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Old 27 January 2012, 11:11 PM
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Quote:
Originally Posted by ganzfeld View Post
It doesn't matter whether you look at as a change in a raw number or a change in a percentage. The percentage change is still the same.
Quote:
Originally Posted by Don Enrico View Post
The unemployment rate has risen by .7 percentage points, which is 9% of what it was before (7.8% of the employable population).
I understand that. What I'm trying to get at is that it seems to me to be a sneaky way to get a bigger number. Otherwise it's pretty meaningless.

I see now what I did in my earlier post. I meant to say a percentage change of a percentage.
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  #18  
Old 27 January 2012, 11:16 PM
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It's sneaky. But only 9% as sneaky as the way it covers up the Obama administrations true record on jobs.
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  #19  
Old 27 January 2012, 11:29 PM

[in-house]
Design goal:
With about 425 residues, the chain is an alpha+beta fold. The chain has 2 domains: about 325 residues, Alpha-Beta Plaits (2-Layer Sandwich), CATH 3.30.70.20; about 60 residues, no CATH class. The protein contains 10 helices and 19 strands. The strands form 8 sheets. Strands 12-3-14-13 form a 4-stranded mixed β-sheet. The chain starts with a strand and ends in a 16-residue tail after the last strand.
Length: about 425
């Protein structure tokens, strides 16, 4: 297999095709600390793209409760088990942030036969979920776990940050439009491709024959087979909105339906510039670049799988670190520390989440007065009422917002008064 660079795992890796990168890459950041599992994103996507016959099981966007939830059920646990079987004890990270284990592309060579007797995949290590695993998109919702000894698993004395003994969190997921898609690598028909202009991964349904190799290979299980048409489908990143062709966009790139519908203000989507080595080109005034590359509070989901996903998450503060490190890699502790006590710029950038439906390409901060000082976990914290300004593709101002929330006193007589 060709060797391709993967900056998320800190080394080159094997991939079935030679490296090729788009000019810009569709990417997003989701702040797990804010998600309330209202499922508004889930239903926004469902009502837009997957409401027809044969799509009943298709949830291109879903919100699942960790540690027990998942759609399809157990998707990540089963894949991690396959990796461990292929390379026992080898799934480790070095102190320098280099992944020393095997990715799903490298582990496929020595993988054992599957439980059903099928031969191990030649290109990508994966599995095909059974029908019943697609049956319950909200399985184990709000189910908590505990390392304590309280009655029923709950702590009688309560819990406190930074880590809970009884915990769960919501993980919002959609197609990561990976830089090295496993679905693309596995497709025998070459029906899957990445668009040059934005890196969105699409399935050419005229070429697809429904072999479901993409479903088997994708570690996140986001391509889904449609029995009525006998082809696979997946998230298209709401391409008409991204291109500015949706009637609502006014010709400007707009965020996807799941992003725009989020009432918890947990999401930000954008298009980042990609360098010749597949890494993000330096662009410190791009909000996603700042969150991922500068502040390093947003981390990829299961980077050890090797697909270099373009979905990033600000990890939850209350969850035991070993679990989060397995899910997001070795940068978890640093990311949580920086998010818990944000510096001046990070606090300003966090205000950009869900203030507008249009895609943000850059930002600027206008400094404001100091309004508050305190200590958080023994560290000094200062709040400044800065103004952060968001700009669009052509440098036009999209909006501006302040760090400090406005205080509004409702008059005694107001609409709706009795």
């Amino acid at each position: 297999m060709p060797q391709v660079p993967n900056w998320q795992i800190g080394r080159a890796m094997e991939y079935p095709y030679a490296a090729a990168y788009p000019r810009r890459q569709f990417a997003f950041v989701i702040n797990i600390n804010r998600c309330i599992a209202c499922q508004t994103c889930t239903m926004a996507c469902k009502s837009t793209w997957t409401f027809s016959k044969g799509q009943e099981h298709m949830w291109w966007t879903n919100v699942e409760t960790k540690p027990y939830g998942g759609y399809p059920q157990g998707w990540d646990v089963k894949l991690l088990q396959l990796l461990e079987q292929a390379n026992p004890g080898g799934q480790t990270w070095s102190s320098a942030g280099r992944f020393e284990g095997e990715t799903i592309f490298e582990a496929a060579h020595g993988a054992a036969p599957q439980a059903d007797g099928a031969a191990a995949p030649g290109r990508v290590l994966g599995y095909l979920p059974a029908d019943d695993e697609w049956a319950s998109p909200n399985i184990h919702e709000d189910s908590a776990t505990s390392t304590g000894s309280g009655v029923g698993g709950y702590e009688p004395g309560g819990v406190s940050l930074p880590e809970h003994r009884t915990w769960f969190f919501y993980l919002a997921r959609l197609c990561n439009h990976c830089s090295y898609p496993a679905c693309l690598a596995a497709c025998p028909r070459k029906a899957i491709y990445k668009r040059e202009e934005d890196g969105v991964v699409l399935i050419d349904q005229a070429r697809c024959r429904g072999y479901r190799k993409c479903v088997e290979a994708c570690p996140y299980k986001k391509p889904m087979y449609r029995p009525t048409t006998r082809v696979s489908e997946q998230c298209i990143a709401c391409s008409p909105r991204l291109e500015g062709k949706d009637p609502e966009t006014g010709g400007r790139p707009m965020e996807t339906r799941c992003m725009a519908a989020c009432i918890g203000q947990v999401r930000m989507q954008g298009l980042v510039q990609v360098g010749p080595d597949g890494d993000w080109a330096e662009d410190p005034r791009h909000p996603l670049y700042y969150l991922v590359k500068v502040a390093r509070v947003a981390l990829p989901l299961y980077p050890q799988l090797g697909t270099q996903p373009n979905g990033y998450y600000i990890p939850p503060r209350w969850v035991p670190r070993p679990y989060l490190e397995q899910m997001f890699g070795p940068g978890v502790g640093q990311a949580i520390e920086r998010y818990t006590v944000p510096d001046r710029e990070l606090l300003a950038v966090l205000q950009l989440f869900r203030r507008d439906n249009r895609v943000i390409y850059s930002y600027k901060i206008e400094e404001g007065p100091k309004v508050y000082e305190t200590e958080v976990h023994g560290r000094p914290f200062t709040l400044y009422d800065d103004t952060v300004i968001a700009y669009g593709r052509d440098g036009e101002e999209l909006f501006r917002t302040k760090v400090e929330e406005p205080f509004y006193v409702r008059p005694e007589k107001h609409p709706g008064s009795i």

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I'm working on a full analysis (with citations), and so far it looks like a case of "accurate but..." (AKA cherry picking statistics)

I also did the math for the three previous years to see where things were already headed. For example, there was a 9% increase in the unemployment rate between '09 and '12, but the increase between '06 and '09 was up by a whopping 66% (4.7 to 7.8%)

I also confirmed that that was a point of record lows for gas prices. In fact the highest price of the second Bush term (4.054) was higher than the highest under Obama (3.907). The average was slightly higher under Obama, but they were close (and I don't know if the tables I read were adjusted for inflation) - 2.87 vs 2.82.

More to come later...

Also, the unemployment rate peaked in October of 2009 at 10%, and has been headed down since then. Given that the economy doesn't turn on a dime, you can probably reach your own conclusions from there.
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  #20  
Old 27 January 2012, 11:37 PM
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Yeah, the author of the graph doesn't seem to find relevant the direction that those economic indicators up there are headed in. It's all well and good to say things were at x when Obama took office and they're at 10x now. But so what? They were at 20x two years into Obama's first term. If they went from x, to 20x, and now back down to 10x, and they'll be at 5x by the end of the year, don't you think that's more relevant than "What were they then vs now?"?